2. Good point. Certainly there could be applications and reasons why someone might want to protect tweets. If you’re mainly interacting with friends, I think Facebook is better. For most people using Twitter for professional networking, I believe unprotected will be more productive, helping them to accomplish their goals. I had said:

    “depending on how you want to use Twitter, it COULD be a valid choice.

    Thanks for sharing one of those examples of how someone could decide to use Twitter in a “protected” manner.

    1. I have to say that if someone who has protected his Tweets starts to follow me, I immediately block him. The view I take is that protection conceals the individual’s motives for being on Twitter. I’m happy to be open, but I expect openness in return.

      I’m sure that many other Twitter users adopt the same principle, so the consequence must be that if you protect your Tweets, you get fewer followers – which rather defeats the purpose of joining Twitter.

        1. Absolutely not narrow-minded! There are individuals that use this to wage hate campaigns against others.

  3. Pingback: Reid All About It
  4. I’ve been converted! I’ve always been stuck between making the decision of protecting and unprotecting my tweets. To the extent of turning that function on and off several times over the course of a few weeks.

    After reading your article, I’m gonna give it another try and see how it goes. Really looking forward to meeting new people on twitter!

  5. Interesting points and in my opinion they’re all valid. However, I’ve found at least one situation in which it seems smart to protect tweets. Within our company we have setup a protected Twitter account from which we share internal news. Often we accompany the tweet with the direct URL to our internal collaboration environment (intranet). While there is also some classified info in there, I don’t want to share those URLs with the rest of the world. From what I see, this way protected tweets provide me with a fast and safe way to communicate within the company. For communication with the rest of the world we have a separate twitter account of course. Curious if you think we have chosen a smart setup of our communications.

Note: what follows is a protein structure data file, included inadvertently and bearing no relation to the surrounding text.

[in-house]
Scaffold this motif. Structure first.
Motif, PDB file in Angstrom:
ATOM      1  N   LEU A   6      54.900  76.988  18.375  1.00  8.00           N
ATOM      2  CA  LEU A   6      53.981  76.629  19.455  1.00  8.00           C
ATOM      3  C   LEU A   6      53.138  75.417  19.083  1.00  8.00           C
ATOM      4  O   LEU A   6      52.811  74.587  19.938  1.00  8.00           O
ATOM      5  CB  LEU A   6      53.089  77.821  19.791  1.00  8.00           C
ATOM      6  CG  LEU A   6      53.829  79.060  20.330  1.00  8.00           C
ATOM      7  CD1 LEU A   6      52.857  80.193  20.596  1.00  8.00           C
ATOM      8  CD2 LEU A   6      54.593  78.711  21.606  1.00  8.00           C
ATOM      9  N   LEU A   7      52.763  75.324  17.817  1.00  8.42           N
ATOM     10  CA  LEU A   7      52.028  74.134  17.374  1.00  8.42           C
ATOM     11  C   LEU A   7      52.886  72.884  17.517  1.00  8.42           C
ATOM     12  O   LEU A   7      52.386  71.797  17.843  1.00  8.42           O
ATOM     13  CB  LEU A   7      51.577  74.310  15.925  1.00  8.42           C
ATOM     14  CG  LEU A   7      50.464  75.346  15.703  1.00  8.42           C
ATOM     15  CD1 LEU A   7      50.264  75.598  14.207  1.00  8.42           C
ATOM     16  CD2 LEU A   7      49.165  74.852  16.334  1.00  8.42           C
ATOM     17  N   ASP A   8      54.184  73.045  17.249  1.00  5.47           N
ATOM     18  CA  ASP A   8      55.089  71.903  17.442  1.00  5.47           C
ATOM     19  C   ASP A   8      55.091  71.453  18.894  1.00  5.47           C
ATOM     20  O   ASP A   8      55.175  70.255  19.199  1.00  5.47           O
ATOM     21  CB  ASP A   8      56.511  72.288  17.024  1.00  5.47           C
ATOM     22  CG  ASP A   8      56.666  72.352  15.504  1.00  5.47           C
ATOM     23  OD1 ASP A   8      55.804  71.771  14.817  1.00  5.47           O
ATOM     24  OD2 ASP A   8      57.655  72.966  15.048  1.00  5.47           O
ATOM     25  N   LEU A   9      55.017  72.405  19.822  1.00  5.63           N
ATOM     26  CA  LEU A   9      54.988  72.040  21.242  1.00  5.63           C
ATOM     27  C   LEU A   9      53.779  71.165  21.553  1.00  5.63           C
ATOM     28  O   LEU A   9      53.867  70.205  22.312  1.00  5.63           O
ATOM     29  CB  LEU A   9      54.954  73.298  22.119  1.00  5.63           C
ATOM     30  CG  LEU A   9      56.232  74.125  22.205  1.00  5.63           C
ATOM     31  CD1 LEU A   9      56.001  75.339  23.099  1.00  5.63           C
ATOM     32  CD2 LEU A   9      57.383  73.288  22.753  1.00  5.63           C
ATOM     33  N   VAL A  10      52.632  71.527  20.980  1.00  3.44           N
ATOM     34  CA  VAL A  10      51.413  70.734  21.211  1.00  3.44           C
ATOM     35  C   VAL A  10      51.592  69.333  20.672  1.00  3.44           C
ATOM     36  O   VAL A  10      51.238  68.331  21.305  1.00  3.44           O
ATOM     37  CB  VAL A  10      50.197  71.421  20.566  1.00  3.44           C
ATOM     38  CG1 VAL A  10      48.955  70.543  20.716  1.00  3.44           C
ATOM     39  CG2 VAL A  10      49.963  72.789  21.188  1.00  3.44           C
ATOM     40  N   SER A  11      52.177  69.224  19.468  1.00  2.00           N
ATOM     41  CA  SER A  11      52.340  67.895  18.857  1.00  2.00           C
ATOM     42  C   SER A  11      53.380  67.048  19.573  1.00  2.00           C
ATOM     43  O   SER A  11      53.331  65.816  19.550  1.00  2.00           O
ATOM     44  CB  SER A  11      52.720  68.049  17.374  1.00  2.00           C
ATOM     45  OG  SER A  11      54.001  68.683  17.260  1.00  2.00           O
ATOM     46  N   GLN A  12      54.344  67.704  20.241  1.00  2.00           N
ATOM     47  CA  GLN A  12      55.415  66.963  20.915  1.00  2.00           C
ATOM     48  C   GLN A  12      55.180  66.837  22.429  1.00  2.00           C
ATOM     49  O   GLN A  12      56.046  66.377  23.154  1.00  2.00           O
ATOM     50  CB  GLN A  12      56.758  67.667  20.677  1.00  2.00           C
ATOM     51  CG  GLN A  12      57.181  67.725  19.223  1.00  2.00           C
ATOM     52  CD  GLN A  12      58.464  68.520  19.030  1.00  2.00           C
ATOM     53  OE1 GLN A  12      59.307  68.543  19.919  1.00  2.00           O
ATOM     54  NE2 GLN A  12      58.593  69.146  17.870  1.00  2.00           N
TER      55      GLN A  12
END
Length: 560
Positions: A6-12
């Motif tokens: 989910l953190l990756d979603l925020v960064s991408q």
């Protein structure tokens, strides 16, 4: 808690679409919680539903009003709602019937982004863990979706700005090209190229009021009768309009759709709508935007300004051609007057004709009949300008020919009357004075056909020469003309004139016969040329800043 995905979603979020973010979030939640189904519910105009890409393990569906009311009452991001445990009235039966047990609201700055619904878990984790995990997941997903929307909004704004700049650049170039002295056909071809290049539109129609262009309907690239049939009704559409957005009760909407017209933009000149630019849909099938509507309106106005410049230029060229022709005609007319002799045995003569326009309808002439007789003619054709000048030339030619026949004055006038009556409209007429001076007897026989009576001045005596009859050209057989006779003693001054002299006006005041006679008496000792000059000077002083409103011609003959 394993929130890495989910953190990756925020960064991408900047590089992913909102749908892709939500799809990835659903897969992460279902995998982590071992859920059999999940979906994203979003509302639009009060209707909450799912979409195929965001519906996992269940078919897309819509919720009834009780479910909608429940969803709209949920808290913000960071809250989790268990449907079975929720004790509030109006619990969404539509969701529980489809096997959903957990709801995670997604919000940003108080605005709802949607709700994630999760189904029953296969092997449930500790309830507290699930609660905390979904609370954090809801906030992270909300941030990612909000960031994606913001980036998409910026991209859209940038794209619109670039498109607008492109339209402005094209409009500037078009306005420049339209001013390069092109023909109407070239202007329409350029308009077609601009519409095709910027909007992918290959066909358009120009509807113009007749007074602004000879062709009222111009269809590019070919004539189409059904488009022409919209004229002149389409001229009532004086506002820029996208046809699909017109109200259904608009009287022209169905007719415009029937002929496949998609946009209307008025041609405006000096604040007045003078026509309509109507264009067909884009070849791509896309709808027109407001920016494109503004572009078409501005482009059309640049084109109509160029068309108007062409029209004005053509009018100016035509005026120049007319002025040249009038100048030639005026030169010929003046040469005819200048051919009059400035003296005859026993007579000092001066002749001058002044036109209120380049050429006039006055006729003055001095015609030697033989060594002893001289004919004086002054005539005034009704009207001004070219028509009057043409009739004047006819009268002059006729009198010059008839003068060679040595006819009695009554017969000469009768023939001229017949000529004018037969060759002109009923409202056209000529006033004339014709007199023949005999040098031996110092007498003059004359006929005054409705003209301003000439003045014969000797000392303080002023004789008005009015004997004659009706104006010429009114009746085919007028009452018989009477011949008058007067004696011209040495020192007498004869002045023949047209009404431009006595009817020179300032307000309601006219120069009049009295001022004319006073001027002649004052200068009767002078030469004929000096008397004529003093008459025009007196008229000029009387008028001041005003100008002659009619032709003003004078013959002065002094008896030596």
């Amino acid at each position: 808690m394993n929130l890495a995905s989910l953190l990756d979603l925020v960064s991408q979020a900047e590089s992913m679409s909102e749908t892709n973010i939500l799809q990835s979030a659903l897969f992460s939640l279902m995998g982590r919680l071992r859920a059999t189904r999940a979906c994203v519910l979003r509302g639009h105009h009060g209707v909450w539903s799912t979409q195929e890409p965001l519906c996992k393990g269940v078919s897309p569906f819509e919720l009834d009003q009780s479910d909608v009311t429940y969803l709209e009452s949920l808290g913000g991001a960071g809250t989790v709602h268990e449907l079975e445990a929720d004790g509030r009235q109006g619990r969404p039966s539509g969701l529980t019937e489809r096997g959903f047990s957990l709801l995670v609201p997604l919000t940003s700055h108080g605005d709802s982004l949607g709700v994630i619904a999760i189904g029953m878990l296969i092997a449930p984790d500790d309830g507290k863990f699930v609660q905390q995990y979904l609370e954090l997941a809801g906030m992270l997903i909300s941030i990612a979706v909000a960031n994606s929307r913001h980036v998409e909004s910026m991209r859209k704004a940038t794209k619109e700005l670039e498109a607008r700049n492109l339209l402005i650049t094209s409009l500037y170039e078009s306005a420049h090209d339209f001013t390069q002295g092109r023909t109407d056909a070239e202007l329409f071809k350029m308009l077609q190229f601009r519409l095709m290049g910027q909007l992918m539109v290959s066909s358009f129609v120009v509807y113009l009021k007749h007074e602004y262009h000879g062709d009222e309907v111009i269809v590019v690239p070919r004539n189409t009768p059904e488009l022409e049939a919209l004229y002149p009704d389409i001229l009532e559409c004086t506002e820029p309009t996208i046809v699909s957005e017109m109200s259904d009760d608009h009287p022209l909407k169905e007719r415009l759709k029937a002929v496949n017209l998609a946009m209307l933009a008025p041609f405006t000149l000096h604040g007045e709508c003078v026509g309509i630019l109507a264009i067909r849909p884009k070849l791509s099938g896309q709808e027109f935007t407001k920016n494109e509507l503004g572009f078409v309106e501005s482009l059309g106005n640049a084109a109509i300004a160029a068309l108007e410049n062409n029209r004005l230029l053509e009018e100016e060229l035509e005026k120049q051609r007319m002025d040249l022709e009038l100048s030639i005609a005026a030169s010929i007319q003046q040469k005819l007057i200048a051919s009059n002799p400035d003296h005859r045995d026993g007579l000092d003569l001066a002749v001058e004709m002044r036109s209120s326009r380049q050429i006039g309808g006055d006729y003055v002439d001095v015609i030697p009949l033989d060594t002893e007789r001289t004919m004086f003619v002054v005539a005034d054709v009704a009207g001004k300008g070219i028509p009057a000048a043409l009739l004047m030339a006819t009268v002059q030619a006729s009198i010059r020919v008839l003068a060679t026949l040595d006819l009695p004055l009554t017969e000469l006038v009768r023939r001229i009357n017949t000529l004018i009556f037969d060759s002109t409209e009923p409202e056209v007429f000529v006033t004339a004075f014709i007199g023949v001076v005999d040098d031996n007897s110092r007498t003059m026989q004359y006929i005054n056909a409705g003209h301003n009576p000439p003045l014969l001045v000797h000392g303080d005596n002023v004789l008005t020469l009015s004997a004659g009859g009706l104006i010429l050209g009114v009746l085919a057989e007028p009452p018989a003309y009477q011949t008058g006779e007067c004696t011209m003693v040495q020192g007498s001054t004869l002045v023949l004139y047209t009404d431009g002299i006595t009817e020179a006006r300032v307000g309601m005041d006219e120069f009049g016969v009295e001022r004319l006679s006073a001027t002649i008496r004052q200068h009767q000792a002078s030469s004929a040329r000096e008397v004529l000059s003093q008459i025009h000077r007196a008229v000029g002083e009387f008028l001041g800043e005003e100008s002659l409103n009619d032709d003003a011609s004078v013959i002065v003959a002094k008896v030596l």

1. Certainly there can be applications in which setting up an account with protected tweets makes sense, and I think the one you outline is one of them. For more people in their own personal Twitter accounts that would not be the case. Thanks for sharing this example.

      1. Hello guys could you please tell me if I have a protected account. No one will be able to receive my tweets even when I follow them? If this is the case so what’s the point to tweet if no one would receive them. I had the idea that if you @ mention directly someone they will receive your message even though they are not following you. And you’ll be safe not to have your tweets directed to different people read by others. Could you guys tell me what really happens then?

  6. Please Lee, can you follow up with another article “10 Reasons to protect your tweet’? That will be very helpful. In case an article is too much to ask, a reply here will be quite helpful for me. Thanks!